Under Articles 370B, 370C and 370D GCC, it is a crime punishable with imprisonment or monetary penalty to unlawfully gain access to a computer device, whether or not connected to the computer network, by improper breach of a security mechanism for the purpose of obtaining, tampering with or destroying data or information without the express or tacit authorisation of the device holder.
Article 386A GCC punishes computer fraud – that is, every intentional influence, interference, false use of information, etc, in a computer system that results in financial loss for the purposes of personal gain. In case computer fraud consists of a misdemeanour (ie, referring to losses below the threshold of EUR120,000), it shall be punished with imprisonment of up to five years and a monetary penalty. In case it consists of a felony (fraud leading to losses exceeding EUR120,000), it shall be punished with imprisonment of up to ten years, or up to 15 years if it is committed against the state, and a monetary penalty.
Protection of Company Secrets
Pursuant to Articles 22A to 22K added to Law 1733/1987 by Article 1 of Law 4605/2019, the use or disclosure of a trade secret is considered unlawful whenever it is carried out without the consent of the trade secret holder by a person who has demonstrably acquired the trade secret illegally or has violated a confidentiality agreement or other obligation not to disclose the trade secret or has violated a contractual or other obligation to limit the use of the trade secret.
The acquisition, use or disclosure of a trade secret is also considered unlawful when a person, at the time of acquisition, use or disclosure, knew (or ought to have known in the circumstances) that the trade secret had been acquired directly or indirectly by another person who was using or disclosing the trade secret unlawfully.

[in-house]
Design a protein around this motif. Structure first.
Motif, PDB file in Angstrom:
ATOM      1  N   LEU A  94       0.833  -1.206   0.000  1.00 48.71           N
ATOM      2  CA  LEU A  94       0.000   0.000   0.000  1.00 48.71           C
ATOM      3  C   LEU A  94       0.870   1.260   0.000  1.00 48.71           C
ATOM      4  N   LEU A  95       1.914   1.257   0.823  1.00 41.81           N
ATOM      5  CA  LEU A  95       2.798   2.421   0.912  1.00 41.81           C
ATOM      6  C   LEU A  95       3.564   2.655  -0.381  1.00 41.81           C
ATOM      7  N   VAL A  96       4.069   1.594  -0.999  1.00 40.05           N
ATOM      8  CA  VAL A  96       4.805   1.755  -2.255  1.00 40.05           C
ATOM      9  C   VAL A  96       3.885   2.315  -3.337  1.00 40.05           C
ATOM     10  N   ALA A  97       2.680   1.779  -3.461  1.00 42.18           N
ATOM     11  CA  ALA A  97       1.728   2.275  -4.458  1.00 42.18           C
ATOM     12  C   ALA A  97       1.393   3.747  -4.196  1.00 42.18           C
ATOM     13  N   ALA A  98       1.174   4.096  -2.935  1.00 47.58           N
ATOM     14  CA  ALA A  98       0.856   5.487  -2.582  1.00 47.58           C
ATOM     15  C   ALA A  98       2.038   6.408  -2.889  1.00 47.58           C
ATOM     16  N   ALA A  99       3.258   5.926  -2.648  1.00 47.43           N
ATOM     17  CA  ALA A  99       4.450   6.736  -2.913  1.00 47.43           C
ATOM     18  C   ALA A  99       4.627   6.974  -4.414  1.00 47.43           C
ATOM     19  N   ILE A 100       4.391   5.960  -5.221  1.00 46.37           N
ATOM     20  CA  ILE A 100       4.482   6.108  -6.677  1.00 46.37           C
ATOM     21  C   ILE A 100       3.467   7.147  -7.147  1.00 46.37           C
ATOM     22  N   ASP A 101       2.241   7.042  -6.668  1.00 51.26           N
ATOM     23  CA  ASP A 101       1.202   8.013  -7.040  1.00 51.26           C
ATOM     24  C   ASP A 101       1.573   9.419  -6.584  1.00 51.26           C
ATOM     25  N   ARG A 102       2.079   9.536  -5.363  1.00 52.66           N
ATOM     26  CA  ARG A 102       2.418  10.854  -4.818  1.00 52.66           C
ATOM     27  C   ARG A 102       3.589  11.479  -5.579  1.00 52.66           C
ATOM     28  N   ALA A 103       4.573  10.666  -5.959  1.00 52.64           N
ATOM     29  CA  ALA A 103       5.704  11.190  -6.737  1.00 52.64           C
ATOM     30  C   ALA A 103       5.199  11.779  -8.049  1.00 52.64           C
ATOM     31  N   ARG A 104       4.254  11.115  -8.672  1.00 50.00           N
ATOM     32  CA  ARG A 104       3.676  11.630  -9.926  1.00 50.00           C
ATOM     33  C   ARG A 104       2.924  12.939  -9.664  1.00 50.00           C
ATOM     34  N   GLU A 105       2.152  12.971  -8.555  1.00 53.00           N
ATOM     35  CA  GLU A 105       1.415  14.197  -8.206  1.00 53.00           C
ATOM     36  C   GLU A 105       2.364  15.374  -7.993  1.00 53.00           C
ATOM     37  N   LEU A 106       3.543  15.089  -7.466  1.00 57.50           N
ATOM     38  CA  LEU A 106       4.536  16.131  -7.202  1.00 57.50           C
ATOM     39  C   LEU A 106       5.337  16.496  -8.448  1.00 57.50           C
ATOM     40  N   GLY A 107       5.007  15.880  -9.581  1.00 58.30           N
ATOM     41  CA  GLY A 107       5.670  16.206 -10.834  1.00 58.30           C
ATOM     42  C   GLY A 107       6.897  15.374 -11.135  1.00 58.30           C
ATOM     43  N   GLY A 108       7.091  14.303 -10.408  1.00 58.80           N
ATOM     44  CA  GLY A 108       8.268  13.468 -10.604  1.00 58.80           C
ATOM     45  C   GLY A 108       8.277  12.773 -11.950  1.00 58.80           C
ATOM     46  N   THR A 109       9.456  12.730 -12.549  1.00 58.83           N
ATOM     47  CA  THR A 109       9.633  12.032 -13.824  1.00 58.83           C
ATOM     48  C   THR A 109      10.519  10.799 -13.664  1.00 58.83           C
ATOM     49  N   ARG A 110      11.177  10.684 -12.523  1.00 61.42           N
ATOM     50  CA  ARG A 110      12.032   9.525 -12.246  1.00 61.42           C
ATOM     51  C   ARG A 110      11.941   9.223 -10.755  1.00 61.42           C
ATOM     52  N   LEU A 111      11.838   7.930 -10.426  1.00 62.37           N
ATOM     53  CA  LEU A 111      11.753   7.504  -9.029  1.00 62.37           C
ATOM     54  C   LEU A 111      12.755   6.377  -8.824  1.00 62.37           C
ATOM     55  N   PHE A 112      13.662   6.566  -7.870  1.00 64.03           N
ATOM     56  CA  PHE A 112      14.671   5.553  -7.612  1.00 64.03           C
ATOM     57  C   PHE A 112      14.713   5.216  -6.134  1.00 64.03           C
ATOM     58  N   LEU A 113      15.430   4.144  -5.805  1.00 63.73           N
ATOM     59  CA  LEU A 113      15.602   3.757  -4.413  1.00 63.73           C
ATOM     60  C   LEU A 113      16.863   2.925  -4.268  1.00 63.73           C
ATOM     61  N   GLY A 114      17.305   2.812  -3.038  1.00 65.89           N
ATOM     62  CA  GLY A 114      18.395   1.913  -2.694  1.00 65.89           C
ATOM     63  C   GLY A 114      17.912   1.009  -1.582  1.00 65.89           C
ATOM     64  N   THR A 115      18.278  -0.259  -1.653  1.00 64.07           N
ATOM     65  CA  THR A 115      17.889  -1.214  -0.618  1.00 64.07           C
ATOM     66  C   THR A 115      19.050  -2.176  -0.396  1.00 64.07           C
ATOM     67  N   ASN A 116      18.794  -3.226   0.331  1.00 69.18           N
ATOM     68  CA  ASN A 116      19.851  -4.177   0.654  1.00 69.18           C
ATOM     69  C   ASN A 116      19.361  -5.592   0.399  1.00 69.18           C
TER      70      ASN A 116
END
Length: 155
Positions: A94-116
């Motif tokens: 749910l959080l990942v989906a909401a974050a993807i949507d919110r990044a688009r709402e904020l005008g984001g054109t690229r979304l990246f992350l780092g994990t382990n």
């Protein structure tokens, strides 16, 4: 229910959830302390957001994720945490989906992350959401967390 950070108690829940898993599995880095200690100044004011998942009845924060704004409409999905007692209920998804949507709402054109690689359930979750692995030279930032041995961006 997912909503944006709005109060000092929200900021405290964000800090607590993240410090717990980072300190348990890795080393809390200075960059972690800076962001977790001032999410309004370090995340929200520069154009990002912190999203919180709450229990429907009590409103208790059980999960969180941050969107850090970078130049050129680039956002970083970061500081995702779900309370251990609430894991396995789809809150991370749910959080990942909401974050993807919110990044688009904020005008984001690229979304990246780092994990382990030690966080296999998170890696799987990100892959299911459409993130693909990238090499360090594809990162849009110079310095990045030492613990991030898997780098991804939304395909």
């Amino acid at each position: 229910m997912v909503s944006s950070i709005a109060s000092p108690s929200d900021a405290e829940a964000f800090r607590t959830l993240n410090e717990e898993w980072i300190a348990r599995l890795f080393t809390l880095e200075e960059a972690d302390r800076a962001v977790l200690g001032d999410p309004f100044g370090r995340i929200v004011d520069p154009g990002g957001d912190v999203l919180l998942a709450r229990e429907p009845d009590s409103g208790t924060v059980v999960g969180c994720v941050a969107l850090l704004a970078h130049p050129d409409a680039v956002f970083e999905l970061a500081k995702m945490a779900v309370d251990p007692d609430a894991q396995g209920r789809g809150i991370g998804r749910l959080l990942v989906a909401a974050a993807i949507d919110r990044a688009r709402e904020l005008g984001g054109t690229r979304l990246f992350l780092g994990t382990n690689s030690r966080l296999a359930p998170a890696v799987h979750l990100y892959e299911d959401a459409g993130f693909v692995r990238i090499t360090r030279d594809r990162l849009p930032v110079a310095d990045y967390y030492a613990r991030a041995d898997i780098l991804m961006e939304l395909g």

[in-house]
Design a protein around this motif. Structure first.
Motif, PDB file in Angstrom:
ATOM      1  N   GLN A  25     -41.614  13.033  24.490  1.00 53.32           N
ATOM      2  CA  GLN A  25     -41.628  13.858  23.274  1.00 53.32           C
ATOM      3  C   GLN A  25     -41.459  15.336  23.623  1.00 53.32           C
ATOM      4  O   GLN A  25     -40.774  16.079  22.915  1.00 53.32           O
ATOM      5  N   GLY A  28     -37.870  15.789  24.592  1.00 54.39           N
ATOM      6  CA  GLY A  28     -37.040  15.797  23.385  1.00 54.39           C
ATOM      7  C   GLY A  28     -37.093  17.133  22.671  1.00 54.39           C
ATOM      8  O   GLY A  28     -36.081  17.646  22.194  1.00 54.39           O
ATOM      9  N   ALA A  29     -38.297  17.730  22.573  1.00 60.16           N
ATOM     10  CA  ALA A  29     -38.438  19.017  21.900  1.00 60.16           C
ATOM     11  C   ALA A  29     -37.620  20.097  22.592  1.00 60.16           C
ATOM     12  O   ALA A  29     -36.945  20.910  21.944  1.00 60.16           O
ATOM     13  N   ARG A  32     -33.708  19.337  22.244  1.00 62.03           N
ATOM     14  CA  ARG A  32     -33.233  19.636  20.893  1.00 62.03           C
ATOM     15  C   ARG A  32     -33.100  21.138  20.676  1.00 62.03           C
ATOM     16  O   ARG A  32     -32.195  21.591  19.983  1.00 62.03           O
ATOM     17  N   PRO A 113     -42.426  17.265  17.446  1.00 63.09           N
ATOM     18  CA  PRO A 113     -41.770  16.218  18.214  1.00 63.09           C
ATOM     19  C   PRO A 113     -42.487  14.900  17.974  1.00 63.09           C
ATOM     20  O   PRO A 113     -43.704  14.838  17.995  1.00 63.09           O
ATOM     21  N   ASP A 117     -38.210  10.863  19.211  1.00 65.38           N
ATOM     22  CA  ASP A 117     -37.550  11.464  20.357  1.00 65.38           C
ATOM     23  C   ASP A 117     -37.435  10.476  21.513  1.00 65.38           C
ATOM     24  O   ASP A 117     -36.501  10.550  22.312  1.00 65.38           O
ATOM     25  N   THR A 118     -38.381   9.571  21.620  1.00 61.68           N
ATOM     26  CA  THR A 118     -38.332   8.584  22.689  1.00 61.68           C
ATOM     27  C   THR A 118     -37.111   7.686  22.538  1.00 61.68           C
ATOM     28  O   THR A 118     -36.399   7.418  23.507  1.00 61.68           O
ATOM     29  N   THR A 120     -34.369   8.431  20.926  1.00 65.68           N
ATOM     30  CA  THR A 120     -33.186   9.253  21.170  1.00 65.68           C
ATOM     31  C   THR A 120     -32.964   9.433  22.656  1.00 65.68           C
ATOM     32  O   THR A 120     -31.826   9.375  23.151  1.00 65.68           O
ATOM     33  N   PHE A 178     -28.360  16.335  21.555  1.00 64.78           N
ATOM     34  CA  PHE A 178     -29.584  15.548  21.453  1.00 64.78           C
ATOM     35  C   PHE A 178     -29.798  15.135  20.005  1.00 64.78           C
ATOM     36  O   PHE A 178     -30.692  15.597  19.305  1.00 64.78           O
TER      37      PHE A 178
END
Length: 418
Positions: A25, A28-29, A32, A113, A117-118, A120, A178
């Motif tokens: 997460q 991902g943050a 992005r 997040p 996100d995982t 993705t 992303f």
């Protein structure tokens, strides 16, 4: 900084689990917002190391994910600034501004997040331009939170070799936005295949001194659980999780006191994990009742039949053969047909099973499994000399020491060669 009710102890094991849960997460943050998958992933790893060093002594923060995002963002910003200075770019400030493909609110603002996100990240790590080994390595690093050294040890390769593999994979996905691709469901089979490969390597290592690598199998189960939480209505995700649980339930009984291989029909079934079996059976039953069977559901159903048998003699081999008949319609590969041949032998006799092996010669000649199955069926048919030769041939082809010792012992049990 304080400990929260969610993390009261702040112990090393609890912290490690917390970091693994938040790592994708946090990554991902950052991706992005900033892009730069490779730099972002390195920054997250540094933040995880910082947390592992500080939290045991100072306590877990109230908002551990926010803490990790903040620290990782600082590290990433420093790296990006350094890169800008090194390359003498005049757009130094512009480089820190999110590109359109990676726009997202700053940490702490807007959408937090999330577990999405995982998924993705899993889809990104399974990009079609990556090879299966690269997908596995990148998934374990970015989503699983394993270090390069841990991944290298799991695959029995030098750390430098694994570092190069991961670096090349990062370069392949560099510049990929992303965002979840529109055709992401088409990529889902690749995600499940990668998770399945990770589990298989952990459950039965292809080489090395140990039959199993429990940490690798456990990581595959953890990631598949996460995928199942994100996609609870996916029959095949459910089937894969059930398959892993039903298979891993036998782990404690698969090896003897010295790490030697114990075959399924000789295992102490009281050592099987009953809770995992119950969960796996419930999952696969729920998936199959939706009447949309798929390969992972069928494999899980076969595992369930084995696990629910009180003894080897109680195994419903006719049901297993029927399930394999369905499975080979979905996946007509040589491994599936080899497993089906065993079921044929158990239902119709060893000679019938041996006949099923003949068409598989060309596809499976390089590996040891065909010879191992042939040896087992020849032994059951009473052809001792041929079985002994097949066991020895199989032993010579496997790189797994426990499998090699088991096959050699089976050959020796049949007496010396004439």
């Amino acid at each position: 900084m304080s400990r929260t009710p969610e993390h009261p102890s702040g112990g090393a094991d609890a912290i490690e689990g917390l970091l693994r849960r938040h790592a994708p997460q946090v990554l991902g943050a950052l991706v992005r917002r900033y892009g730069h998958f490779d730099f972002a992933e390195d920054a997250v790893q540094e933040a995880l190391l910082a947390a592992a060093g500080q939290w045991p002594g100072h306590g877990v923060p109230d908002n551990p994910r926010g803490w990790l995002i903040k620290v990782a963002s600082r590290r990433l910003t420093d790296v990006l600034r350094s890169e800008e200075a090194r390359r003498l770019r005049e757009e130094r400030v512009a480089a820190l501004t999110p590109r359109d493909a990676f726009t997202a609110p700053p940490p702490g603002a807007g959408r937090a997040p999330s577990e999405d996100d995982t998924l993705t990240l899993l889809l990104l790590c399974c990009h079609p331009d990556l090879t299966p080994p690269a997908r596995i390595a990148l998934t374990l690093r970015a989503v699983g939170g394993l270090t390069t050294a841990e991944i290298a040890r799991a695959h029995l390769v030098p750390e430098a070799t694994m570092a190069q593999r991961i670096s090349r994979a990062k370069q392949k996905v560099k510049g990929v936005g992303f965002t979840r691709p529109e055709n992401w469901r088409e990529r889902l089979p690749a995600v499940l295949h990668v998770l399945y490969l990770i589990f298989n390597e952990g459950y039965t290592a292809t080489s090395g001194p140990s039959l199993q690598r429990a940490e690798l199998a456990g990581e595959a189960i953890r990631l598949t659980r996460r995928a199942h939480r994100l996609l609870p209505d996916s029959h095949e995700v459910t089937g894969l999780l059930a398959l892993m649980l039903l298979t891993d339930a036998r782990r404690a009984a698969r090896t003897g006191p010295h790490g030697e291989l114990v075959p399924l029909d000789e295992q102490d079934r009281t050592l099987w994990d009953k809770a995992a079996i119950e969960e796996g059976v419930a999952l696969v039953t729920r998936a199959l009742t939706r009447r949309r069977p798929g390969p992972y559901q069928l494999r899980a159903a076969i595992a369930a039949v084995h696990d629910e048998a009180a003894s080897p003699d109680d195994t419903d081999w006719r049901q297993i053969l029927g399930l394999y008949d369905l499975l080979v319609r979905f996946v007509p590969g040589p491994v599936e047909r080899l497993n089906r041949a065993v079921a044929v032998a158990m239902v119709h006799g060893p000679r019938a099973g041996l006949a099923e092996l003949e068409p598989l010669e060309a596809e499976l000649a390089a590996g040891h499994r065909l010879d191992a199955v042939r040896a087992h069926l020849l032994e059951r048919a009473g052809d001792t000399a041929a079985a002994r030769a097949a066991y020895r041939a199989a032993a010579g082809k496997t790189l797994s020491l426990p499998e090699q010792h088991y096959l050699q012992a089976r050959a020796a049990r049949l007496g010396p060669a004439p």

The production, offer or placing on the market of illegal goods, or the import, export or storage of infringing goods for those purposes shall also be considered to be the unlawful use of a trade secret where the person carrying out those activities knew (or ought to have known in the circumstances) that the trade secret has been used unlawfully.
When an infringement of a trade secret is suspected, the single-member Court of First Instance may, at the request of the trade secret holder, order any of the following injunctions against the alleged infringer:
Under Greek law, there are no specific criminal offences related to financial, trade or customs sanctions. However, Greece may adopt resolutions of international bodies, such as the UN Security Council, as internal regulations – for example, arms embargo, investment bans, restriction of the importation or exportation of goods to and from certain countries.
Concealment is standardised as an individual form of the criminal offence of receiving and disposing of the proceeds of crime (Article 394 GCC) on the one hand, and money laundering on the other hand (Article 2 paragraph 1 b of Law 4557/2018).
Pursuant to Article 394 GCC, anyone who, among other things, conceals an object that came from a crime, regardless of whether or not the person responsible for the crime from which the object came is punishable is punished with imprisonment of up to two years or a monetary penalty and with imprisonment of up to five years and a monetary penalty if it is an object of particular value.
Pursuant to Article 2 paragraph 1 b of Law 4557/2018, anyone who conceals the truth as to the nature, origin, disposal, trafficking or use of property or the place where it is located or the ownership thereof, or the rights relating to it, knowing that such property comes from criminal activity or from an act of participation in such activity, is punishable with imprisonment of up to eight years and a monetary penalty and a prison sentence of up to ten years as well as a monetary penalty if the illegally earned money exceeds the amount of EUR120,000. Criminal liability for the predicate offence does not exclude the punishment for money laundering if the elements of the objective nature of the acts of money laundering are different from those of the predicate offence.
According to the GCC there are three types of aiding and abetting, as follows.